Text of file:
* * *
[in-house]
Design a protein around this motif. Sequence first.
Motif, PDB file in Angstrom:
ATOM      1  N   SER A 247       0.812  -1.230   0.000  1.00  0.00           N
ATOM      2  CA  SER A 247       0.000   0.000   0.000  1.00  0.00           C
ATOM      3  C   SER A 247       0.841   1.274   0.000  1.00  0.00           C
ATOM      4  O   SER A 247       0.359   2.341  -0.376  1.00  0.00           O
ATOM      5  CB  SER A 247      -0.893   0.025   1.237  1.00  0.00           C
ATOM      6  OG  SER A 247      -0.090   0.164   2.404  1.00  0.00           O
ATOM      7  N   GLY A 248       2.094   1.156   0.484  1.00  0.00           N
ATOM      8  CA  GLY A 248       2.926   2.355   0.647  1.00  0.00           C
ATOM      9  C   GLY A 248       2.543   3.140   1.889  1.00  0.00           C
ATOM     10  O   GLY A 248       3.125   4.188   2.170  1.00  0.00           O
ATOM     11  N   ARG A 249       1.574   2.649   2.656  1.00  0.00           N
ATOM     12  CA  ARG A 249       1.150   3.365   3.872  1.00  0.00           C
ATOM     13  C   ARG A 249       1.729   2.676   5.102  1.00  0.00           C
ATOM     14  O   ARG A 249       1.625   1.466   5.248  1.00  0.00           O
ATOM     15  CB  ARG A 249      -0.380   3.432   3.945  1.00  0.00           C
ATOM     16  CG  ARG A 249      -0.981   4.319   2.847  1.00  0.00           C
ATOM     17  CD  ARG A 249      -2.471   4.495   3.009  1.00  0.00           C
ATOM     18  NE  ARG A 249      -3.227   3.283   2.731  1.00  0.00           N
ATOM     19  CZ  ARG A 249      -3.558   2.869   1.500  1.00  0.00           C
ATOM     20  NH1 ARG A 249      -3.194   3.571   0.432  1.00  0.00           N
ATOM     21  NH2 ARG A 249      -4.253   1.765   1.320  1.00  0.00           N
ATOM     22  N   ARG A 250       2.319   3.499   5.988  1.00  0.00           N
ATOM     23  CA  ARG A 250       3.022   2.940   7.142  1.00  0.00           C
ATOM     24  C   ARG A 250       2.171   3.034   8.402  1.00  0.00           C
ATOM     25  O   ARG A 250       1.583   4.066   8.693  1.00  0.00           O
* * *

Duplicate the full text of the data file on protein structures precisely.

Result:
[in-house]
Design a protein around this motif. Sequence first.
Motif, PDB file in Angstrom:
ATOM      1  N   SER A 247       0.812  -1.230   0.000  1.00  0.00           N
ATOM      2  CA  SER A 247       0.000   0.000   0.000  1.00  0.00           C
ATOM      3  C   SER A 247       0.841   1.274   0.000  1.00  0.00           C
ATOM      4  O   SER A 247       0.359   2.341  -0.376  1.00  0.00           O
ATOM      5  CB  SER A 247      -0.893   0.025   1.237  1.00  0.00           C
ATOM      6  OG  SER A 247      -0.090   0.164   2.404  1.00  0.00           O
ATOM      7  N   GLY A 248       2.094   1.156   0.484  1.00  0.00           N
ATOM      8  CA  GLY A 248       2.926   2.355   0.647  1.00  0.00           C
ATOM      9  C   GLY A 248       2.543   3.140   1.889  1.00  0.00           C
ATOM     10  O   GLY A 248       3.125   4.188   2.170  1.00  0.00           O
ATOM     11  N   ARG A 249       1.574   2.649   2.656  1.00  0.00           N
ATOM     12  CA  ARG A 249       1.150   3.365   3.872  1.00  0.00           C
ATOM     13  C   ARG A 249       1.729   2.676   5.102  1.00  0.00           C
ATOM     14  O   ARG A 249       1.625   1.466   5.248  1.00  0.00           O
ATOM     15  CB  ARG A 249      -0.380   3.432   3.945  1.00  0.00           C
ATOM     16  CG  ARG A 249      -0.981   4.319   2.847  1.00  0.00           C
ATOM     17  CD  ARG A 249      -2.471   4.495   3.009  1.00  0.00           C
ATOM     18  NE  ARG A 249      -3.227   3.283   2.731  1.00  0.00           N
ATOM     19  CZ  ARG A 249      -3.558   2.869   1.500  1.00  0.00           C
ATOM     20  NH1 ARG A 249      -3.194   3.571   0.432  1.00  0.00           N
ATOM     21  NH2 ARG A 249      -4.253   1.765   1.320  1.00  0.00           N
ATOM     22  N   ARG A 250       2.319   3.499   5.988  1.00  0.00           N
ATOM     23  CA  ARG A 250       3.022   2.940   7.142  1.00  0.00           C
ATOM     24  C   ARG A 250       2.171   3.034   8.402  1.00  0.00           C
ATOM     25  O   ARG A 250       1.583   4.066   8.693  1.00  0.00           O